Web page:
Australian house prices are expected to increase by 10% this year, driven by the improving market sentiment and the low-rate environment, according to a report from Goldman Sachs.
The positive outlook for house prices came also came with a strengthened expectation for residential construction.
"This outlook assumes that immigration normalises to pre-COVID-19 levels in 2022 and the RBA does not hike the cash rate until the second half of 2024," said Andrew Boak, chief economist for Australia at Goldman Sachs.
Boak expects prices to increase further by 5% in 2022 and 3% in 2023.
"More prolonged border restrictions or an earlier-than-expected tightening in monetary policy pose downside risks," he said.
Boak said concerns around housing debt levels could potentially compel the RBA to change its stance on interest rates.
"For now, however, we expect the RBA to remain dovish and focus on achieving its targets for inflation and unemployment, and to de-emphasise risks around rising house prices," he said.
Tim Lawless, head of research at CoreLogic, also believes that macroprudential mechanisms would be enacted should financial stability risks arise due to the surge in prices.
"Macroprudential levers proved to be effective previously when concerns about investor activity and interest-only lending became over-represented in the market. A new round of credit tightening would probably have the same effect in reducing credit availability in specific areas of risk," he said.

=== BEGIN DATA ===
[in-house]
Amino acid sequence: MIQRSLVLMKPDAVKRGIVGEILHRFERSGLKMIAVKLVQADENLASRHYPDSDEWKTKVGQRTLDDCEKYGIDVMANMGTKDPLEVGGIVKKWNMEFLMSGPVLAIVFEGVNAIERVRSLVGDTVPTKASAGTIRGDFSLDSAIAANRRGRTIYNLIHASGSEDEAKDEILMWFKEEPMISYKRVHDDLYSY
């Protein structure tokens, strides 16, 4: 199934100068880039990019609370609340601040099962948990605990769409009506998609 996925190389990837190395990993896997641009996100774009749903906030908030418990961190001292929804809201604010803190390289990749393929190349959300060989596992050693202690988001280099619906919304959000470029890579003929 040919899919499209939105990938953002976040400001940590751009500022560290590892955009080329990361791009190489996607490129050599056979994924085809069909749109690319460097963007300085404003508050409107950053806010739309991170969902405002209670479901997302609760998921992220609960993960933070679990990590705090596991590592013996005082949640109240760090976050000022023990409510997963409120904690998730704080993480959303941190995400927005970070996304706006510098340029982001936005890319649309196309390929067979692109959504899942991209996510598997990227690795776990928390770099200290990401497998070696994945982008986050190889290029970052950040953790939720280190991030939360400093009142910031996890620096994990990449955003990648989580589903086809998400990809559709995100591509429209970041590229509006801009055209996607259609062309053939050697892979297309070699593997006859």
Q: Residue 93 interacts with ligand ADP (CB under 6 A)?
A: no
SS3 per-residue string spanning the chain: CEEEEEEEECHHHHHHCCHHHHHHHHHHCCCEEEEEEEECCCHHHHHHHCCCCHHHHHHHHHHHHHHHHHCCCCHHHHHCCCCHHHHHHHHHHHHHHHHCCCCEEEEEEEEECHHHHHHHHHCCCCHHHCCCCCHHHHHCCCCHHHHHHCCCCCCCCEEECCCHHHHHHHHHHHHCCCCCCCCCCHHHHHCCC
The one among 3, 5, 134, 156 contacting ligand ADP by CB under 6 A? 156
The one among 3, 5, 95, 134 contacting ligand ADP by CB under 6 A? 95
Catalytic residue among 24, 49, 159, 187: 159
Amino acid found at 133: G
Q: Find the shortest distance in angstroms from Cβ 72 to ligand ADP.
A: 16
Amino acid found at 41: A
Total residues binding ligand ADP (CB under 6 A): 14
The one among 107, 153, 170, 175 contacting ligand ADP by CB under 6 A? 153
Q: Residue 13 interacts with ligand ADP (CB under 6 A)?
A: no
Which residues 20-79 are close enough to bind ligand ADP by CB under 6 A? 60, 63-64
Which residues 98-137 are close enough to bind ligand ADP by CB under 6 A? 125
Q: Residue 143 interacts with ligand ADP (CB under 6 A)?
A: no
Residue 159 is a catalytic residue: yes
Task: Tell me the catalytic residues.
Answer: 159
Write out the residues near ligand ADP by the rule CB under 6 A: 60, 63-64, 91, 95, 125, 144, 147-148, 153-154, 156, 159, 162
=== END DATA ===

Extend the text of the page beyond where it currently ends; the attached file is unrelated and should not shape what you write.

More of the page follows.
Lawless said the low interest-rate environment continues to be a major factor influencing the rebound in sales activity and house values.
"With mortgage rates likely to remain at their record-low setting, at least through this year and probably next year, we are expecting to see further upwards pressure on housing prices," he said.
However, Lawless said despite recording rapid gains since October last year, house prices house prices are only 2.8% higher than their previous peak in 2017.
"Although housing demand is expected to remain strong, it is likely the current rapid rate of appreciation will taper as housing affordability constraints become more challenging, fiscal support is removed and first-home buyer incentives phase out," he said.
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